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Menino targets health insurance

Wants more say on raising costs for employees

By Sean P. Murphy
Globe Staff / November 11, 2010

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Mayor Thomas M. Menino vowed yesterday to go to Beacon Hill to fight for a state law that would allow the city of Boston to save millions of dollar on health care insurance.

Menino said he could save at least $12 million a year if he gained the authority to shift a larger share of the city’s insurance costs from taxpayers to teachers, police, firefighters, and other city employees, retirees, and elected officials.

State law blocks Menino and other municipal managers statewide from shifting costs unless the unions representing municipal employees agree, something most unions have been unwilling to do.

“Taxpayers are fed up,’’ Menino told a gathering of municipal managers at a breakfast forum sponsored by Suffolk University’s Sawyer Business School. “They are crying out for help.’’

But union representatives promised continued resistance, saying the benefits they now enjoy were gained over decades of hard-fought bargaining.

“We should sit down and negotiate and not let the city dictate what kind of health care we have,’’ said Rich Paris, president of the Boston firefighters union. “We will work together to get the best we can for our members. This is something that has always been bargained, and it should continue to be bargained.’’

To circumvent collective bargaining over health insurance, Menino would need approval of a so-called home rule petition by the City Council and the Legislature.

Menino said the city’s annual budget for health insurance is about $300 million, more than the Police Department budget. He said the city could save $1 million a month by shifting some insurance costs.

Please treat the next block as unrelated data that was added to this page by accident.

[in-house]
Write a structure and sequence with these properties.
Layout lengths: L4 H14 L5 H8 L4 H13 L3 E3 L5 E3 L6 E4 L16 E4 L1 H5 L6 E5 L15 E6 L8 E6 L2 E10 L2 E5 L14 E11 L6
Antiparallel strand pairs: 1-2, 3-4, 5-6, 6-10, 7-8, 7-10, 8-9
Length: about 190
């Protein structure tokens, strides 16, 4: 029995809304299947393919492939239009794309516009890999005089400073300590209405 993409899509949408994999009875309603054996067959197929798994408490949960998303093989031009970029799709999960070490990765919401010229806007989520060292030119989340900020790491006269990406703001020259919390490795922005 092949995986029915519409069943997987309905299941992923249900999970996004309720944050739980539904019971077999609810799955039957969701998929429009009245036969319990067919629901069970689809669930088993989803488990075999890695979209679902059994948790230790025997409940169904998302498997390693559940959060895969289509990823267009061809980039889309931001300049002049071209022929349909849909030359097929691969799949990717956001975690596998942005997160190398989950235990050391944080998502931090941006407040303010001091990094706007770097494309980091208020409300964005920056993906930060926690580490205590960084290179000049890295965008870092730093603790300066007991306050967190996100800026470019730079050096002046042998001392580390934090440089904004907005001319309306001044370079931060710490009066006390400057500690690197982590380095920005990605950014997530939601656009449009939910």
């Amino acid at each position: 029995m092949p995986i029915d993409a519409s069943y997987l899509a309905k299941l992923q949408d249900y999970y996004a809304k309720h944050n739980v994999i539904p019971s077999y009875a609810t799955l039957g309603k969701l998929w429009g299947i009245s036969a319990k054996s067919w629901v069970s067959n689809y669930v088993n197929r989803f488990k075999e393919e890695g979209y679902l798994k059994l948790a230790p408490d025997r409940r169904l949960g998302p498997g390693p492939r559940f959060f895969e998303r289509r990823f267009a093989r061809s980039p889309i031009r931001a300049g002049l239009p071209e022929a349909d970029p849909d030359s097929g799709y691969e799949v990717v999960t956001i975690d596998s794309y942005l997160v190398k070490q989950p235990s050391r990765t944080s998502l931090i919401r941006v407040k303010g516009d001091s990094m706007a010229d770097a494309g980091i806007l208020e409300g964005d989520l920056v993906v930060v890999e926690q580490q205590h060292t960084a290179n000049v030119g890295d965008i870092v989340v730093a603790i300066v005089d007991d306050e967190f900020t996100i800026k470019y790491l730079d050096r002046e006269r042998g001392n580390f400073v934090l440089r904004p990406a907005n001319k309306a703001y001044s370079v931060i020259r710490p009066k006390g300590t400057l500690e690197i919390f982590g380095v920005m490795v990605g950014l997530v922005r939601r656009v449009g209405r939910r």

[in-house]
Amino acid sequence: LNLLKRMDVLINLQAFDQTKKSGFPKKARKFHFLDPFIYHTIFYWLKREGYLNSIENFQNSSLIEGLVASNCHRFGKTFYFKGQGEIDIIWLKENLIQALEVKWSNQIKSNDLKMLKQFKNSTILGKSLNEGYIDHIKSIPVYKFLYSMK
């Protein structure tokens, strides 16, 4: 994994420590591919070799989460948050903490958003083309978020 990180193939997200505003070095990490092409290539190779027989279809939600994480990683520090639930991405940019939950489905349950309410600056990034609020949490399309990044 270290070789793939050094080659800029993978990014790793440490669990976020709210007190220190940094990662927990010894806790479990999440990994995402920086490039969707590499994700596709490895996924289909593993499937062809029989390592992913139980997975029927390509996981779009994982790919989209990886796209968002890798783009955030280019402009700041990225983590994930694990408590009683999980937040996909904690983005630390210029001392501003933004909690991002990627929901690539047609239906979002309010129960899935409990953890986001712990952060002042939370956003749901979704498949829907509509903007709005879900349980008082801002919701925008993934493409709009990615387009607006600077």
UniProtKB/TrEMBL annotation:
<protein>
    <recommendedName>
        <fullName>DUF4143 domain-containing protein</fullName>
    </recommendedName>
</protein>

Menino said the home rule petition he plans to file would give the city the same kinds of tools that the state’s Government Insurance Commission uses to manage health care costs for state employees, retirees, and elected officials.

That commission has the authority to change copayments, deductibles, and co-insurance without collective bargaining.

Menino said he has the support of at least a couple of city councilors.

Earlier this year, Menino and other municipal managers pressed the Legislature for a change in state law that would have allowed cost-shifting without collective bargaining, saying it was their highest legislative priority.

But the Legislature failed to act, prompting Menino and others to say they would seek a statewide referendum on the issue, asking voters directly if municipalities should be given such power.

Menino said yesterday that he still supports such an effort, if necessary. Mayors Kimberley Driscoll of Salem and Robert Dolan of Melrose also spoke at the breakfast forum, which is dedicated to public policy issues and named for the late US Representative J. Joseph Moakley. They said getting relief from health insurance costs is crucial, especially as state aid declines, leaving many communities in a pinch.

Sean Murphy can be reached at smurphy@globe.com.

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